New clues to coeliac disease
A cluster of gastrointestinal and psychological symptoms has been identified that can allow GPs to spot patients at high risk of coeliac disease.
A new study found that patients presenting with depression, anxiety, symptoms of diarrhoea and anaemia were more likely than controls to have the condition.
Depression and anxiety raised risk 2.5-fold, diarrhoea 4.5-fold and anaemia 26.3-fold.
New findings from 37 general practices found frequent referrals to secondary care specialists before diagnosis were also more common in those who had the disease than controls.
Professor Chris Butler, professor of primary care medicine at the University of Cardiff and one of the study authors, said: 'There is very little information in general practices that might help us target people with coeliac disease.'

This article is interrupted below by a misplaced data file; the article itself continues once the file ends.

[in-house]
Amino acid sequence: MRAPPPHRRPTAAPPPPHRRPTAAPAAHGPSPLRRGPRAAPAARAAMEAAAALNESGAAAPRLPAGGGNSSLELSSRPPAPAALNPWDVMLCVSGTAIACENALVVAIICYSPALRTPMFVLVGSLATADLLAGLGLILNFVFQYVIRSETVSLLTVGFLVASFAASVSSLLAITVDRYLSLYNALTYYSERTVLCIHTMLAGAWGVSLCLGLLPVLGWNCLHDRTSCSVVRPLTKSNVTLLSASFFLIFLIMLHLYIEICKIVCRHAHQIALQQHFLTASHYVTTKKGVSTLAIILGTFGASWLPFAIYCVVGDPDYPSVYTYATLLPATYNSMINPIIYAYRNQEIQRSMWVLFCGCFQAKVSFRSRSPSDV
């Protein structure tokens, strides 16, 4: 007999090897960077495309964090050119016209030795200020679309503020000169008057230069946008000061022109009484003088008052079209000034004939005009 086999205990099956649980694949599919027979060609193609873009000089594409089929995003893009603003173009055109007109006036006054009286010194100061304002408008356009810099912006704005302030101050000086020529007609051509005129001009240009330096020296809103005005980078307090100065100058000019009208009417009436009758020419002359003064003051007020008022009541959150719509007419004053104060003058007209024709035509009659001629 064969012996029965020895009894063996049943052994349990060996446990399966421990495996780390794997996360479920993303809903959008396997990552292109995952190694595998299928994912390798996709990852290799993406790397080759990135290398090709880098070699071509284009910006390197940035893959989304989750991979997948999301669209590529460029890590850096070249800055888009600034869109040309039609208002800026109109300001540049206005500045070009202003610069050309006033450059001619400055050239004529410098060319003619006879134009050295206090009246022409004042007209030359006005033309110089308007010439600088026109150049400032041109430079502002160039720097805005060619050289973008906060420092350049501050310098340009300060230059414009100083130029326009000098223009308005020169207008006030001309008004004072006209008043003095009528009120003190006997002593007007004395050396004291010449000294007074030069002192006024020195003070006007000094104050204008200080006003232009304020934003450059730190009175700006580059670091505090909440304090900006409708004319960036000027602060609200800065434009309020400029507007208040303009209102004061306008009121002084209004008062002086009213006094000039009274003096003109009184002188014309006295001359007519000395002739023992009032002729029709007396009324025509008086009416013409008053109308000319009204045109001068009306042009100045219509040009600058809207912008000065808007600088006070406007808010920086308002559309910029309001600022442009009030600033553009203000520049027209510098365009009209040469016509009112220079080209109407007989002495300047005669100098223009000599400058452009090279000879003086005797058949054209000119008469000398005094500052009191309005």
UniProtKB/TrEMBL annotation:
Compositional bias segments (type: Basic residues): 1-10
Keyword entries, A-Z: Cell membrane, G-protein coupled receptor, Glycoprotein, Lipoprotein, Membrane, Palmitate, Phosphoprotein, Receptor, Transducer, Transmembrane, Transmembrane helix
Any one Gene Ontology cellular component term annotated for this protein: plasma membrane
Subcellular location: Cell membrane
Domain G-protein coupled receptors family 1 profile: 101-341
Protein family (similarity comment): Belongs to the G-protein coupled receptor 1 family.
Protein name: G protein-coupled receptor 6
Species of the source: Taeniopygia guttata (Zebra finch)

Professor Butler, a GP in Mountain Ash, South Wales, added: 'The findings show that GPs should raise their suspicion if an adult is frequently consulting for a broad range of conditions, is often more anxious and depressed, has diarrhoea and shows low levels of iron.' In the study, published in the August issue of the British Journal of General Practice, the medical records of patients with coeliac disease were compared with controls matched by age, sex and general practice in the five years before the patients were diagnosed.